S. Eslami Arab1, M. van der Vegt1*, N. Nguyen Trung2, H. Kernkamp3, A. Van Dam3, P. Hoekstra1,

1 Utrecht University, This email address is being protected from spambots. You need JavaScript enabled to view it.,

2 Southern Institute for Water Resources Research, This email address is being protected from spambots. You need JavaScript enabled to view it.

3 Deltares, This email address is being protected from spambots. You need JavaScript enabled to view it.

3 Deltares, This email address is being protected from spambots. You need JavaScript enabled to view it.

1 Utrecht University, This email address is being protected from spambots. You need JavaScript enabled to view it.,

Introduction

The low-lying and rapidly urbanizing Mekong Delta is experiencing land subsidence rates in the order of 1-4cm/yr, in response to excessive ground water extraction, that are exceeding sea level rise. Furthermore, sand mining is changing channel geometries; hence, tidal propagation is changing in the estuarine channel system. By accelerated dam construction further upstream in upper and lower Mekong basins, sediment supply has declined, resulting in coastal, channel and bank erosion. All above mechanisms contribute to increased salt intrusion, which is portrayed in the land-use change (e.g. agriculture to aquaculture) and record numbers of salt intrusion events.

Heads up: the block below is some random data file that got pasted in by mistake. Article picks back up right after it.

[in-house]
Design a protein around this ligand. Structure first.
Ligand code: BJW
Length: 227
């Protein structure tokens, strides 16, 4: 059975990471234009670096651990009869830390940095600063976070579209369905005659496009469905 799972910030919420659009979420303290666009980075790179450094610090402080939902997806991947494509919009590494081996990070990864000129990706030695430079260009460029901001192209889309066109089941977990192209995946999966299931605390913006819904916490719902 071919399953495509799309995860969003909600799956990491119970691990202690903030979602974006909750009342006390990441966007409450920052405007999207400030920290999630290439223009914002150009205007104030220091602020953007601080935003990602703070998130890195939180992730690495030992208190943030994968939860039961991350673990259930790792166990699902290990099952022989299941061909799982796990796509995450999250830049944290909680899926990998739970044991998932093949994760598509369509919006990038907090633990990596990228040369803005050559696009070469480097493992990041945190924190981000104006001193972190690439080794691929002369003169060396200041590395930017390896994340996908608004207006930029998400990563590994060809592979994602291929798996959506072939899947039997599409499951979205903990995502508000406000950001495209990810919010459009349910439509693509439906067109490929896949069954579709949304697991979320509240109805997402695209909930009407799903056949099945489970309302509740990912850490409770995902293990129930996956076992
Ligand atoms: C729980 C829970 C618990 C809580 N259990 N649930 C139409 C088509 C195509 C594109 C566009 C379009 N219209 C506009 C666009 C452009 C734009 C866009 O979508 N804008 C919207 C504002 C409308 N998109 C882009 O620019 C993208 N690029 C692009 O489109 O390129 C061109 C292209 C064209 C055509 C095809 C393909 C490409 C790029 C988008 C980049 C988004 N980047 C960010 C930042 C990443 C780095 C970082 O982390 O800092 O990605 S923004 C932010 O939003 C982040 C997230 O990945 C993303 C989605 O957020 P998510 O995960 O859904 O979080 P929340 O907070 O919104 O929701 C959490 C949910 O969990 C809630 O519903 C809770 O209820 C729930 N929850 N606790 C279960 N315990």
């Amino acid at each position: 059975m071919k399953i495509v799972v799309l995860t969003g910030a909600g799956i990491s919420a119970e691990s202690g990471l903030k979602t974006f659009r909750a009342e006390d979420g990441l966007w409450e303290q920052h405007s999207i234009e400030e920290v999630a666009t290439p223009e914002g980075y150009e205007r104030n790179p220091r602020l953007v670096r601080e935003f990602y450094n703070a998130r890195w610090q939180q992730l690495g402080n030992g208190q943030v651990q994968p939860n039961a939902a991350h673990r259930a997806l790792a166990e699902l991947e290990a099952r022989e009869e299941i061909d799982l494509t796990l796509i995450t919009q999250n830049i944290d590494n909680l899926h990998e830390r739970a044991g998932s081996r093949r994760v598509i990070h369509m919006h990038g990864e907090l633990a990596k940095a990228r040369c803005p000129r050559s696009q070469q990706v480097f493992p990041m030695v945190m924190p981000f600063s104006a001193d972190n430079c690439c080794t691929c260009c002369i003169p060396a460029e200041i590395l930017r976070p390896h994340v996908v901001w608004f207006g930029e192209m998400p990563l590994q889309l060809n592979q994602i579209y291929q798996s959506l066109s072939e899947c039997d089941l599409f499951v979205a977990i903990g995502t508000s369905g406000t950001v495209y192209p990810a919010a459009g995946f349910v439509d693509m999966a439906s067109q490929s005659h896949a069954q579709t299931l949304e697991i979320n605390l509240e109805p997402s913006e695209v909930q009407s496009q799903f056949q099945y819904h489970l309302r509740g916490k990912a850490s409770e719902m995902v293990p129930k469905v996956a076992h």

Methods

we analyse a noble dataset of 20-year record of water level (e.g. see Figure ), discharge and stationary salinity measurements and extract trends of tidal deformation and saline water intrusion. Furthermore, by application of an extensively calibrated 1D-2D coupled Mekong-wide barotropic model (in D-Flow Flexible Mesh), we explain the observed trends and link those trends to shifts in the upstream regime. The observed salinity trends could be physically explained and related to water level and discharge observations, by application of commonly-used salinity models.

boa-2019_html_18e1dd70.png

Figure 1. The observed historical variation of de-trended, tidal water level, M2, M4 & K1 variations, and tidal difference at a measurement station in the Mekong Delta

Results

Our analysis shows an increase in salt intrusion and tidal amplitudes along several branches. The in-depth analysis of the model results and studying the short-term processes revealed a crucial role for subtidal water level in temporal variation of freshwater in the multi-channel estuarine system. In studying the long-term processes, the model was used to provide additional argumentation that the changes in tidal characteristics are related to morphological changes in response to anthropogenic processes. The observed trends and the modelled physical reveal that anthropogenic activities out-pace global climate change effects on the region. The fate of this mega delta solely depends on bold, integrated, inter-disciplinary and trans-boundary governance and management measures that require immediate actions.

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